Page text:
In fact, Jesus is not a divine spam filter who will keep me safe at home, says John. Jesus is the good shepherd who will call me out into abundant life. Like the best of all shepherds he will put his life on the line for me. He will lay down his life for me. He will not run for his own safety like the hired man. I am his and he is mine.
The poetry stops. The metaphor fades. And I am left alone wondering what all this means. Is there any substance to feed the hunger of my starved life, or is it simply all confection and concoction?
I can see the allusions in the text. How by the time of John’s writing the hired hands might be an oblique reference to the religious elite who did deals with the Romans while Jerusalem was under siege; how Jesus calls his sheep out of the sheepfold, out into the freedom of life without the walls of the Pharisees and the Judeans; how the religious elite were like thieves and robbers who did not come through the gate of Jesus’ truth; how their so called truth served to kill and destroy... all this is clear. It’s part of the swirling tapestry of John, along with the allusion to Numbers 27 where there is another Joshua who “shall go out and come in... so that the congregation of the Lord shall not be like a sheep without a shepherd.” I will find more echoes of the tradition in the cross referencing in my Bible. ‘Woe to the shepherds who destroy and scatter the sheep of my pasture,’ says the Lord in Jeremiah 23. “’I will raise up shepherds over them who will shepherd them, and they shall not fear any longer, or be dismayed, nor shall any be missing,’ says the Lord.”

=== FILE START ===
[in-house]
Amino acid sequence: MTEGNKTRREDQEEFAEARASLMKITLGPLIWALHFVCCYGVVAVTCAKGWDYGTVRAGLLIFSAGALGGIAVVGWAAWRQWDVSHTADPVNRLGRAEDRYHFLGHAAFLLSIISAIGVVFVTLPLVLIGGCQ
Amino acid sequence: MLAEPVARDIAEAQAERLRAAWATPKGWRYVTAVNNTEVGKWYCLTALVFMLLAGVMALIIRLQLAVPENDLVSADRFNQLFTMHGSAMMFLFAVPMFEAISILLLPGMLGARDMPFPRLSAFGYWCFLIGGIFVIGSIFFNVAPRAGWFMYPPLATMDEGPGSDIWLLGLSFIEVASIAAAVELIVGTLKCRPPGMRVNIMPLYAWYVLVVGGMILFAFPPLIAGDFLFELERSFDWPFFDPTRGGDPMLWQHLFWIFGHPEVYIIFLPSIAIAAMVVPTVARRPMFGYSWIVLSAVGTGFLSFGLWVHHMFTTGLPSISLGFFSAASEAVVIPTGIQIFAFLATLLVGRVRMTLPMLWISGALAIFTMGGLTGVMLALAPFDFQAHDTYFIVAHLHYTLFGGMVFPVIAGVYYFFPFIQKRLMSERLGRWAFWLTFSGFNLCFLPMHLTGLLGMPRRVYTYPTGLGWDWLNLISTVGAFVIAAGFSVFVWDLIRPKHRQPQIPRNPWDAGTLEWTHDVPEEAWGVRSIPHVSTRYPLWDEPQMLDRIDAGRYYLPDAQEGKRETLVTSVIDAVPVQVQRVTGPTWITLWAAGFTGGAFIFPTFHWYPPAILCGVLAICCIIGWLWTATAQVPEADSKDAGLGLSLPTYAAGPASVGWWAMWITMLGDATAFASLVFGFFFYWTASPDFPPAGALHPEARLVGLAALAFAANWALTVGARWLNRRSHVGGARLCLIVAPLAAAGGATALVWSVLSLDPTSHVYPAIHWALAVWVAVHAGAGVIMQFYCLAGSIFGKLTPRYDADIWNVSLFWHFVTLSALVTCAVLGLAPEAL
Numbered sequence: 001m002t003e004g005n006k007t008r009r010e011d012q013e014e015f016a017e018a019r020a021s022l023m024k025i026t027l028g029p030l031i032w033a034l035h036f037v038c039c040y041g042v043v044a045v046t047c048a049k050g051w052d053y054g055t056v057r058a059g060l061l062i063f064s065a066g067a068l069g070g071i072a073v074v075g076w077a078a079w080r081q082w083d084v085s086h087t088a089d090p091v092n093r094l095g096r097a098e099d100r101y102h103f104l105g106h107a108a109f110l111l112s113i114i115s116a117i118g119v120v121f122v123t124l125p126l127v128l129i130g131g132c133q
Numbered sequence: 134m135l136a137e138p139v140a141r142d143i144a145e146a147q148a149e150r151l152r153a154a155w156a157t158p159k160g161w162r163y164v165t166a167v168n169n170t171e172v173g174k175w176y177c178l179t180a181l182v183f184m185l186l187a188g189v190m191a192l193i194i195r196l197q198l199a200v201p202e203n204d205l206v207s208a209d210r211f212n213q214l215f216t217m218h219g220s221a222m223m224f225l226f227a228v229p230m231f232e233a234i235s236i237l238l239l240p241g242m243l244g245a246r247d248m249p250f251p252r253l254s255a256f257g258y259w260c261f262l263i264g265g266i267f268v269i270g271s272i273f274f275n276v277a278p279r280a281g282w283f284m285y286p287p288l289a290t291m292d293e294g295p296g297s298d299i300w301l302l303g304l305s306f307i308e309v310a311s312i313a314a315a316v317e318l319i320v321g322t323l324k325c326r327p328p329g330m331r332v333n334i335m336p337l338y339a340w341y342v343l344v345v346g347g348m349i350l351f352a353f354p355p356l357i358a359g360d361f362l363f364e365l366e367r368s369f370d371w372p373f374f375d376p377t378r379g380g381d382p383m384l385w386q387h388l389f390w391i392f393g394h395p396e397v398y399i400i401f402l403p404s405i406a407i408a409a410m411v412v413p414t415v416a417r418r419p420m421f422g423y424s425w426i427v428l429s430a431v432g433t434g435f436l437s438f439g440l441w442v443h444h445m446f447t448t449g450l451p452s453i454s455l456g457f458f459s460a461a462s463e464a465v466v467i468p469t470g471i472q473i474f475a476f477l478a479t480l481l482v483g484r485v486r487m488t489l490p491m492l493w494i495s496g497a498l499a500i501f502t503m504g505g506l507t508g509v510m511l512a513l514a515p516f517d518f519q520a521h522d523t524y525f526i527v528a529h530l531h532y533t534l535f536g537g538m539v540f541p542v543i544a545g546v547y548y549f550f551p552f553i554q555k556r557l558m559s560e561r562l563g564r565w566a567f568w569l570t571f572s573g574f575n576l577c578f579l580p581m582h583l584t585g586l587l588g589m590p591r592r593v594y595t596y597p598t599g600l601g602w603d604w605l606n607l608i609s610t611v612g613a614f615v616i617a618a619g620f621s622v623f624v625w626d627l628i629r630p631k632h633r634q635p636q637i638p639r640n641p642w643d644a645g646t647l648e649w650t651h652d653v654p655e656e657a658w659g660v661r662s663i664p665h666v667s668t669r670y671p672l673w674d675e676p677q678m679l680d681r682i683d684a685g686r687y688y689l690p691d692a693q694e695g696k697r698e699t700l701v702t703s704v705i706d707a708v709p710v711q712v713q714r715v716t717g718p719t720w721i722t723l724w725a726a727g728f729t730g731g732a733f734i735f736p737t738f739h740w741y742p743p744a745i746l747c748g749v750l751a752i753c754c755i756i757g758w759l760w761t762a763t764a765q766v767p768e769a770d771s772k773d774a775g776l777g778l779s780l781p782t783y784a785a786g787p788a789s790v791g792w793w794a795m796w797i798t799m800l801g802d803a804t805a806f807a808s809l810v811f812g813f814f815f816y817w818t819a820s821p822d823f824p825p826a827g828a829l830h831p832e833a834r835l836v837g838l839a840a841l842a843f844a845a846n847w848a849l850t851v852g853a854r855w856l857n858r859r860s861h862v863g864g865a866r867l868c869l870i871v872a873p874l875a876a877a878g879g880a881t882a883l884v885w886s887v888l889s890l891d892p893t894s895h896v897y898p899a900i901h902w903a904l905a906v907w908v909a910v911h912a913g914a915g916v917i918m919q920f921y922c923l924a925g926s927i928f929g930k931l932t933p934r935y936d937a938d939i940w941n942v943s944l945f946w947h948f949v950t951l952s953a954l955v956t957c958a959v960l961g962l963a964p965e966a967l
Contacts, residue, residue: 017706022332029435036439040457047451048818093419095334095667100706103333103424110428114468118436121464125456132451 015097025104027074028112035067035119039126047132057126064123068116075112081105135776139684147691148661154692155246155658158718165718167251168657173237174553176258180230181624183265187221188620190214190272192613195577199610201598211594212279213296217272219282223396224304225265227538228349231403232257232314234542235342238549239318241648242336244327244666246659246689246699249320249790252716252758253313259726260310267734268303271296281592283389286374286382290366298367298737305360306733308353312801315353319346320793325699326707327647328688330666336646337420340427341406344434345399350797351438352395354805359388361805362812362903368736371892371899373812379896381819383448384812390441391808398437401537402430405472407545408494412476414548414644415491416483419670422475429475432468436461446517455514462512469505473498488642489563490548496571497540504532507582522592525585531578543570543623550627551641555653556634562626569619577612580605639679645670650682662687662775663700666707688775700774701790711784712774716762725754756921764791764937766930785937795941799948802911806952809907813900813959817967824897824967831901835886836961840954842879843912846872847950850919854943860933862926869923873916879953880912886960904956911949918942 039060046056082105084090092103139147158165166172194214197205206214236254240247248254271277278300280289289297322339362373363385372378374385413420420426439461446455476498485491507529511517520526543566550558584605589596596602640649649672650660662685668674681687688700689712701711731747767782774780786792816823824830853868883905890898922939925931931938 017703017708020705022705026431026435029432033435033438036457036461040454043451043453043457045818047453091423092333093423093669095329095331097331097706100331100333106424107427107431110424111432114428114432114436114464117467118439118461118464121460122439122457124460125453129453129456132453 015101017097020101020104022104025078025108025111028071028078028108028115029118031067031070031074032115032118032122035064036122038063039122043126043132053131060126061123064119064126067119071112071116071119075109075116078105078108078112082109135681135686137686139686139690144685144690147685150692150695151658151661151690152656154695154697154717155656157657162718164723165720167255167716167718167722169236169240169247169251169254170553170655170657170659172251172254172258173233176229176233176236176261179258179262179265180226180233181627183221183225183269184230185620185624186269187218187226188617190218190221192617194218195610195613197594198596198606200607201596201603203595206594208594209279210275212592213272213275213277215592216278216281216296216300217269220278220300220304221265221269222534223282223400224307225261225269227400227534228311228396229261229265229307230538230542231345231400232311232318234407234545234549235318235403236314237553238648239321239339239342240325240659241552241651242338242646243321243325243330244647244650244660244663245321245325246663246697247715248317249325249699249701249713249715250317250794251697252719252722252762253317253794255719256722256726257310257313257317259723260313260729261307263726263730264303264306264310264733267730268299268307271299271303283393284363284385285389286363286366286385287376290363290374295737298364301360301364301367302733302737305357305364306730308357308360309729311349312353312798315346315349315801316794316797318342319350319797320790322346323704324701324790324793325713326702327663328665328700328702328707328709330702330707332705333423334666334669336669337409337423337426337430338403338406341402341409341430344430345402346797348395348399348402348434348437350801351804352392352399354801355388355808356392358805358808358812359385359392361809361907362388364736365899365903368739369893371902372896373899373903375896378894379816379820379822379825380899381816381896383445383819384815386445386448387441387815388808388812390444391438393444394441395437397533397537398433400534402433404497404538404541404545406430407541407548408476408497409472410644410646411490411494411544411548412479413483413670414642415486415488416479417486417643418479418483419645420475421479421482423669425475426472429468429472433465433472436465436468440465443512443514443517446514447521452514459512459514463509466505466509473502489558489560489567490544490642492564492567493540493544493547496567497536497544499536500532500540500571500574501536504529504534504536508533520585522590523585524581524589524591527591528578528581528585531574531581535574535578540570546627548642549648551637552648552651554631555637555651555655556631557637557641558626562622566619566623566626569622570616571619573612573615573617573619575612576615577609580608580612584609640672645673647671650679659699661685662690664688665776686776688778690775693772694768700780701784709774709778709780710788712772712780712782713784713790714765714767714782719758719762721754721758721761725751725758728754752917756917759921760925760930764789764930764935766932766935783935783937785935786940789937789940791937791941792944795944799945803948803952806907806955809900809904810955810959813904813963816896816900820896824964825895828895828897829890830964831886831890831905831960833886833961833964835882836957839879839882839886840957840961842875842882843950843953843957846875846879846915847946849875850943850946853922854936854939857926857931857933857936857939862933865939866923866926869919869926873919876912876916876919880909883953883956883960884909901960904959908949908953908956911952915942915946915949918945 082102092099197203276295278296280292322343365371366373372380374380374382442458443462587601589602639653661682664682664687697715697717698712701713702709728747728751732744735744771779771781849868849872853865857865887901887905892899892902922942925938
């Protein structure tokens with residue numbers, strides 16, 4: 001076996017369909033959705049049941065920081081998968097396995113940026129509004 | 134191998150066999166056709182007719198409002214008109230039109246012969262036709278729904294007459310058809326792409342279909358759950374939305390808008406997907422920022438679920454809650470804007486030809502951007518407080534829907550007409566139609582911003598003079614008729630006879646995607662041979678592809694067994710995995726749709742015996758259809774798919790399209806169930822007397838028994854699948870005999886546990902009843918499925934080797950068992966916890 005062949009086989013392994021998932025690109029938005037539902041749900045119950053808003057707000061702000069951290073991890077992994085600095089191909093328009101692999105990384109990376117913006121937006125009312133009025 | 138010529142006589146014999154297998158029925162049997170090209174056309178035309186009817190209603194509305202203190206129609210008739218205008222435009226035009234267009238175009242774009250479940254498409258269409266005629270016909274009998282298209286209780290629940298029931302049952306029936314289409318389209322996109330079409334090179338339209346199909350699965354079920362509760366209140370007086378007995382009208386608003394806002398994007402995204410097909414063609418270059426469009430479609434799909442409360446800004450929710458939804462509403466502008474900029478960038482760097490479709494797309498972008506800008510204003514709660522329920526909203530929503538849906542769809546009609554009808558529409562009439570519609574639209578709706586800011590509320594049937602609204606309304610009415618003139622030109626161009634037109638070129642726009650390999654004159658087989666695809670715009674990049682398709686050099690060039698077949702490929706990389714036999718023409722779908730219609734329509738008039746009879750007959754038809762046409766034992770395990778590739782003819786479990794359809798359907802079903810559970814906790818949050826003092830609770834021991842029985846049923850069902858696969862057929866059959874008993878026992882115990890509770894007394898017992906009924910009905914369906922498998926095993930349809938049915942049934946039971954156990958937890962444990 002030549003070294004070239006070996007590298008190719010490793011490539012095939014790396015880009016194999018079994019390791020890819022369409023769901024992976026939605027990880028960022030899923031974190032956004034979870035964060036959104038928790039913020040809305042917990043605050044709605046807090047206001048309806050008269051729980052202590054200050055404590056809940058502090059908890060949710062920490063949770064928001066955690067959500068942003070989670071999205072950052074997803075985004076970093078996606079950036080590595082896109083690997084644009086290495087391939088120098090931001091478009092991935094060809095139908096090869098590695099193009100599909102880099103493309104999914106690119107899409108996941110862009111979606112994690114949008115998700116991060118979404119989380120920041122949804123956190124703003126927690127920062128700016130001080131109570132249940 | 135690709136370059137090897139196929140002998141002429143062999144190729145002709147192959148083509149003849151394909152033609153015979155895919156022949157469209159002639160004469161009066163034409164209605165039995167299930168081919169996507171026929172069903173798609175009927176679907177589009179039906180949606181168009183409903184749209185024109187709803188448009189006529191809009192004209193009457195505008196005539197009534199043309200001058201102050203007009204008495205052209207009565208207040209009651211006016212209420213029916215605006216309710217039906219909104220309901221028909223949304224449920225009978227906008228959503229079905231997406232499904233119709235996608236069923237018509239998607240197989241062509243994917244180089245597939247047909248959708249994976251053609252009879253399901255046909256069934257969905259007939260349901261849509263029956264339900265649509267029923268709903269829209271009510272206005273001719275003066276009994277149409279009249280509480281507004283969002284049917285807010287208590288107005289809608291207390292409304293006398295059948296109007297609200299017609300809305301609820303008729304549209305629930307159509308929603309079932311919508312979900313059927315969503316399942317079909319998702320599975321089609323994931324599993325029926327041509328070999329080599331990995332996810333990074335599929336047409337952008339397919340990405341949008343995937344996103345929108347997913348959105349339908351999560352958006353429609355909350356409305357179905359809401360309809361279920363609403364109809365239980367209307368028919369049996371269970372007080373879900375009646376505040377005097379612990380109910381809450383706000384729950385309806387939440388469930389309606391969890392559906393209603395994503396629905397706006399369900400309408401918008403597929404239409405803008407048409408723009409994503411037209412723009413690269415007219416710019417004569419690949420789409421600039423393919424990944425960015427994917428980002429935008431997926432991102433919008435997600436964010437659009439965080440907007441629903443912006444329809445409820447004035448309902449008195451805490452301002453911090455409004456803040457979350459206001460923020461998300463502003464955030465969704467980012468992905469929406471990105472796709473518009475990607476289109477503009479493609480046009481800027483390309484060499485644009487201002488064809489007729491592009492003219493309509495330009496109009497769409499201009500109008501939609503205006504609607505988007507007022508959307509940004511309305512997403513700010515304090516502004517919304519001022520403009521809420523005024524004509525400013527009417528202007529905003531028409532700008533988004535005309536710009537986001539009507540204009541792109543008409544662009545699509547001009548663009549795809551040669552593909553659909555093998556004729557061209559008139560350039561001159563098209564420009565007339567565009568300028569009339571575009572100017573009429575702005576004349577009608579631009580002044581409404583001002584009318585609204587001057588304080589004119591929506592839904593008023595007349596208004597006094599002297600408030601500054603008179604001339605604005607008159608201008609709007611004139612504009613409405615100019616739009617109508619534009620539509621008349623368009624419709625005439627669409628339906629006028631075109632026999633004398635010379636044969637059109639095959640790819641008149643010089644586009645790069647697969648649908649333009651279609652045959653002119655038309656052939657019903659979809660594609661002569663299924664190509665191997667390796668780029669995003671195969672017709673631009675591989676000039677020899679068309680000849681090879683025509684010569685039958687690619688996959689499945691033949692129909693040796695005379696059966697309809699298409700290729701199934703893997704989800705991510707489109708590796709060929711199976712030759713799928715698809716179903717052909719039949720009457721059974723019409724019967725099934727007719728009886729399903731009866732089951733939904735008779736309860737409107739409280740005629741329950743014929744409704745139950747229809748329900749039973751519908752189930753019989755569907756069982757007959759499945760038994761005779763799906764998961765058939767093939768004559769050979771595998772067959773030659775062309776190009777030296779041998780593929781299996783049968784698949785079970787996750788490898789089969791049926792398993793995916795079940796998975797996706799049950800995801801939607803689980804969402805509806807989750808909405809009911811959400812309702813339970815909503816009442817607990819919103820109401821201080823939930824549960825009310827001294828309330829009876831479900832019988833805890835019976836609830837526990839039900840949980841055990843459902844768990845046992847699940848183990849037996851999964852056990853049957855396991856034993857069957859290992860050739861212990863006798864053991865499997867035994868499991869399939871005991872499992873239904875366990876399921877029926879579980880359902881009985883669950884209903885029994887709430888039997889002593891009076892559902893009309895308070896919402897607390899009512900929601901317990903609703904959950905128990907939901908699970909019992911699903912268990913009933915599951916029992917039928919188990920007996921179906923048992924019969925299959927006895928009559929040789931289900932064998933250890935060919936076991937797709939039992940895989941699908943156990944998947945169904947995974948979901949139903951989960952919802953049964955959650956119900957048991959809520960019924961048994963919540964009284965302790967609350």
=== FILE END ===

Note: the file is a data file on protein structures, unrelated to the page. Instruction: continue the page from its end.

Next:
Except that I am dismayed, even as my heart is excited by the songs. For the words ring out with the appearance of substance, and then disappear as I grasp at them, like smoke curling away from a fire. They dissolve in my grasp, floating away on the breeze. They will not be held. For this shepherd does not give me any thing. This shepherd gives me promises of wind. There is no gospel to hold and to own. There is no security to grasp onto. There is only a shepherd to follow. There is only what I most want! which is a voice calling my name.
But it is a voice calling my name to come do the things I least want to do. It is a voice calling me to leave my safe place, such as it is, and come out into the world; a voice calling me to do the most concrete and solid acts of love, helping the poor and seeking for justice, and loving the unlovable— all of which have the most uncertain and unpredictable of outcomes.
If I want that voice calling my name— I think that is what I am hearing— if I want that voice calling my name to be clear and certain and comforting, I must leave what little comfort I have, and follow the shepherd out into new pastures. And know that to follow him means I may well cry, and probably will cry, “My God, my God, why have you forsaken me?”
And that seems a poor bargain, and a very risky enterprise. My lonely study and my miserable mortgage seem much more comfortable, until I remember that I want life; until the mud is washed from my eyes again, and I see with a great healed unblindedness how little life a mortgage, and the favour of a few so called friends, offers me. If I want more, if I want abundant life then all there is on offer, is a shepherd who will lead me into an unknown that can only be described with the poetry of a yearning heart. No guarantees. Just a voice calling my name.
Direct Biblical quotations in this page are taken from The New Revised Standard Version Bible, copyright 1989, Division of Christian Education of the National Council of the Churches of Christ in the United States of America. Used by permission. All rights reserved. Please note that references to Wikipedia and other websites are intended to provide extra information for folk who don't have easy access to commentaries or a library. Wikipedia is never more than an introductory tool, and certainly not the last word in matters biblical!